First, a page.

Operators need to know the importance of early communication when they detect warning signs of a need for maintenance. They need to know that their reports are taken seriously. If not, they will quickly lose interest in reporting. In some locations, employee reports are only a high priority when there is a possibility of lost production or a grievance. Also, employees cannot report without a knowledge of typical warning signs, so training and experience should teach operators how to monitor the condition of their equipment.
In one case, a forklift driver was off-loading pallets of masonry block from a flatbed trailer. He parked the forklift on an incline with the load elevated, set the handbrake and stepped off the forklift. When he walked between the lift and the trailer with his back to the lift, the forklift rolled forward and pinned him against the trailer. The brake on the forklift was worn out. The operator had been using the brake as instructed, but it did not work. Operator training should have included clear instructions on inspecting the brakes and other safety-related features, and where to report deficiencies.
In cases where operators may not be capable of detecting deficiencies, preventive maintenance should be implemented to the extent necessary to provide safe, productive and reliable equipment. Carbon monoxide (CO) hazards can exist without any visible indications. A sudden cold snap can change a tolerable and unnoticed carbon monoxide source into a potentially fatal concern. This change takes place when employees close down loading dock doors, windows and other sources of cold drafts and fresh air.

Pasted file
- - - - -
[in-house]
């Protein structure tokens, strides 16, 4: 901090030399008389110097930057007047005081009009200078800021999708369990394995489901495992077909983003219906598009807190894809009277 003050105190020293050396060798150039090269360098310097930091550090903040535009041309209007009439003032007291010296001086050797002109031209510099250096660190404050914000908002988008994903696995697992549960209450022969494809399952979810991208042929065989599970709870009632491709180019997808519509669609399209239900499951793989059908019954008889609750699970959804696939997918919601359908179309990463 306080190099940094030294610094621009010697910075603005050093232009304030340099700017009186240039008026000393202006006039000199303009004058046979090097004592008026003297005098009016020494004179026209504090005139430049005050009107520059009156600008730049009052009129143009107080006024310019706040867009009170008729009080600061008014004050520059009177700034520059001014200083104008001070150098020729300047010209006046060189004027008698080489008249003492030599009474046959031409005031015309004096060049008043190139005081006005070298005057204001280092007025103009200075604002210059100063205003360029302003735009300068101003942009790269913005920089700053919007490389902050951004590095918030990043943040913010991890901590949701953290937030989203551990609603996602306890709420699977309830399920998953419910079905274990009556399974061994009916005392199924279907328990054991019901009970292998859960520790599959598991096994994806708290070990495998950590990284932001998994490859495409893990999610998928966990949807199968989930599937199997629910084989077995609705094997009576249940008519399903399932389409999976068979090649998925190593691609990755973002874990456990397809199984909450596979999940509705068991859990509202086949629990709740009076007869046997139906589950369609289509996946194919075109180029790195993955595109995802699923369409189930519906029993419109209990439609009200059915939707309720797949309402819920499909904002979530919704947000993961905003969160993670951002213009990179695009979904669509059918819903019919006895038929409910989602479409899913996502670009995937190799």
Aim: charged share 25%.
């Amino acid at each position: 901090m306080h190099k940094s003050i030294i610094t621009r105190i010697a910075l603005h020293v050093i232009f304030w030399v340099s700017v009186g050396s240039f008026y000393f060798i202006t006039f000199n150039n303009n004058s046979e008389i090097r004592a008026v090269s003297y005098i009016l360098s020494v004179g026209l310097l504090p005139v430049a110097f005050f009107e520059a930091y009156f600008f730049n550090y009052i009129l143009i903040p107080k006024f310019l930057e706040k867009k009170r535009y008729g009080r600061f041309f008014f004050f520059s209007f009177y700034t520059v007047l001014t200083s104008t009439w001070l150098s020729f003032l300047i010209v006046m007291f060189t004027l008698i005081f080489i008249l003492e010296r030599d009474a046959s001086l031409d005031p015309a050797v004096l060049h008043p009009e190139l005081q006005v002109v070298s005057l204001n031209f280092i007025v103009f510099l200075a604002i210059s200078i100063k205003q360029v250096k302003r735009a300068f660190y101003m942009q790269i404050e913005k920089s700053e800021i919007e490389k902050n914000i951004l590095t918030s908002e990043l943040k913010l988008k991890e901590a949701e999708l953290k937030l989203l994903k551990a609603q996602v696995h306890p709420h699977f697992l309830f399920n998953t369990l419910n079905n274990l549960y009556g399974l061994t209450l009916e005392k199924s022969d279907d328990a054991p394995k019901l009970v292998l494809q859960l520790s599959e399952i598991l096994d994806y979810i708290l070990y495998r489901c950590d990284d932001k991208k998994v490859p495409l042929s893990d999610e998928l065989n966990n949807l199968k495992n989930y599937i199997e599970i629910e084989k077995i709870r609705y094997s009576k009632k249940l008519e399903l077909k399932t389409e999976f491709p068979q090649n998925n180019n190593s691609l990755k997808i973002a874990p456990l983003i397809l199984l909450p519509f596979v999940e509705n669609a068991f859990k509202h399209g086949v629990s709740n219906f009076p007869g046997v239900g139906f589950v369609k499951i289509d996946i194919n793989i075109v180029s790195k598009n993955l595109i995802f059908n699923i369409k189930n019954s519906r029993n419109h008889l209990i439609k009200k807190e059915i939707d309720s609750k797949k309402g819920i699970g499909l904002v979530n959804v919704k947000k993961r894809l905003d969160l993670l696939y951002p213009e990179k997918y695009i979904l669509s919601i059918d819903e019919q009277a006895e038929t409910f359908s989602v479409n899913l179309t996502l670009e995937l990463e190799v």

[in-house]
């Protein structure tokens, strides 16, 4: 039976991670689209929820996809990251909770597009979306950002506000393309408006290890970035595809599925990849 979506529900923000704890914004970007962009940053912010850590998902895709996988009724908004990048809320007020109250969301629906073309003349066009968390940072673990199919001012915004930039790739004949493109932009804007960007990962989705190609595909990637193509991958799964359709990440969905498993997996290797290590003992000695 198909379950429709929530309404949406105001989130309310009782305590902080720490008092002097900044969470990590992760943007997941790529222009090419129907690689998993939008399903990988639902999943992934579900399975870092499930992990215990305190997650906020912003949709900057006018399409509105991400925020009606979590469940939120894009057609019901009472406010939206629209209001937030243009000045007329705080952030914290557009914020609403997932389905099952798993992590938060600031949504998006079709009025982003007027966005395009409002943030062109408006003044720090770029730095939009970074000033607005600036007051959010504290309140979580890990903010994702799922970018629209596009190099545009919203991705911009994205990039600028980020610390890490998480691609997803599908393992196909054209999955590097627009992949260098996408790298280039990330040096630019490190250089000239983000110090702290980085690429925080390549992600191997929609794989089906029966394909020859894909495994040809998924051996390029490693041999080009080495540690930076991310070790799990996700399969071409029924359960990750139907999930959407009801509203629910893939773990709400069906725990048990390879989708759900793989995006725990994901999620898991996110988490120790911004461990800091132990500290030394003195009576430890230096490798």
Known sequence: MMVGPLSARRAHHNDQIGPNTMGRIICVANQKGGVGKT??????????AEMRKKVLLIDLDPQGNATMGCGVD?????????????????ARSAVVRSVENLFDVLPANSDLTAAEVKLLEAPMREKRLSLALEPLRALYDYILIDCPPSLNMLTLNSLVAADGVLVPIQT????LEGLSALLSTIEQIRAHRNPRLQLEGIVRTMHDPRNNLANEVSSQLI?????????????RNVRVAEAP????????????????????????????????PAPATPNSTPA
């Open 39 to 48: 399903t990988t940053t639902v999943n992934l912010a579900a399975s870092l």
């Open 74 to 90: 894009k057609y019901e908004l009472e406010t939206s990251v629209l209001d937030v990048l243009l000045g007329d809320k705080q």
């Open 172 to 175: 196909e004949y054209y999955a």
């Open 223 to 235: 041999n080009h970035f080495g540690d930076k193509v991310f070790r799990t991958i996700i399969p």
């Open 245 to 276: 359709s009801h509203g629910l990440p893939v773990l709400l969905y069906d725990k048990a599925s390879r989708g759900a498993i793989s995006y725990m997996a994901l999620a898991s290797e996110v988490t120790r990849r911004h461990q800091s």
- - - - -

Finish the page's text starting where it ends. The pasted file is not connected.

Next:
Carbon monoxide poisoning cases are common around the seasonal transition from a comfortable autumn to a cold winter. One early December, a number of employees working in a large building complained of headaches. Eight or nine propane-powered fork trucks were in use at any given time, and natural gas heaters were in use. Tests showed some carbon monoxide had accumulated in the building. Doors were opened, and employees were sent home a little early. By noon the next day, the employees were again complaining of headaches. Carbon monoxide levels were tested and the building evacuated. Nearly 50 employees went to the hospital for examination; some were poisoned badly enough to be admitted for overnight observation.